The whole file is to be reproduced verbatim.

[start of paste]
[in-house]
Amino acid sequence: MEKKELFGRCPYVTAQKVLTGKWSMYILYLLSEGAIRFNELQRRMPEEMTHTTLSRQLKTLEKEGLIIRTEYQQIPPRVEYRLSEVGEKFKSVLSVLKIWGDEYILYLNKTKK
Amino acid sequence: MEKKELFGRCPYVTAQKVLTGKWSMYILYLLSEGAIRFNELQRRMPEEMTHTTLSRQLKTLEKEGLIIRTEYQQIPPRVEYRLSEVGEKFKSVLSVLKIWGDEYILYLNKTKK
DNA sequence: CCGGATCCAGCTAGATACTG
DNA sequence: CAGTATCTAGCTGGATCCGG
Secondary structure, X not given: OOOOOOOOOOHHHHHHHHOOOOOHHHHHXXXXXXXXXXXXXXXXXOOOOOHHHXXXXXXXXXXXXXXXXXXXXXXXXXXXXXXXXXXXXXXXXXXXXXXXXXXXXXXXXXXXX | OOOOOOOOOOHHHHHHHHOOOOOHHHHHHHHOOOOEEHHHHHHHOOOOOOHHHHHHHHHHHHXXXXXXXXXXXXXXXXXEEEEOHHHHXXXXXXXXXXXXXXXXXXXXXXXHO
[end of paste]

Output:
[in-house]
Amino acid sequence: MEKKELFGRCPYVTAQKVLTGKWSMYILYLLSEGAIRFNELQRRMPEEMTHTTLSRQLKTLEKEGLIIRTEYQQIPPRVEYRLSEVGEKFKSVLSVLKIWGDEYILYLNKTKK
Amino acid sequence: MEKKELFGRCPYVTAQKVLTGKWSMYILYLLSEGAIRFNELQRRMPEEMTHTTLSRQLKTLEKEGLIIRTEYQQIPPRVEYRLSEVGEKFKSVLSVLKIWGDEYILYLNKTKK
DNA sequence: CCGGATCCAGCTAGATACTG
DNA sequence: CAGTATCTAGCTGGATCCGG
Secondary structure, X not given: OOOOOOOOOOHHHHHHHHOOOOOHHHHHXXXXXXXXXXXXXXXXXOOOOOHHHXXXXXXXXXXXXXXXXXXXXXXXXXXXXXXXXXXXXXXXXXXXXXXXXXXXXXXXXXXXX | OOOOOOOOOOHHHHHHHHOOOOOHHHHHHHHOOOOEEHHHHHHHOOOOOOHHHHHHHHHHHHXXXXXXXXXXXXXXXXXEEEEOHHHHXXXXXXXXXXXXXXXXXXXXXXXHO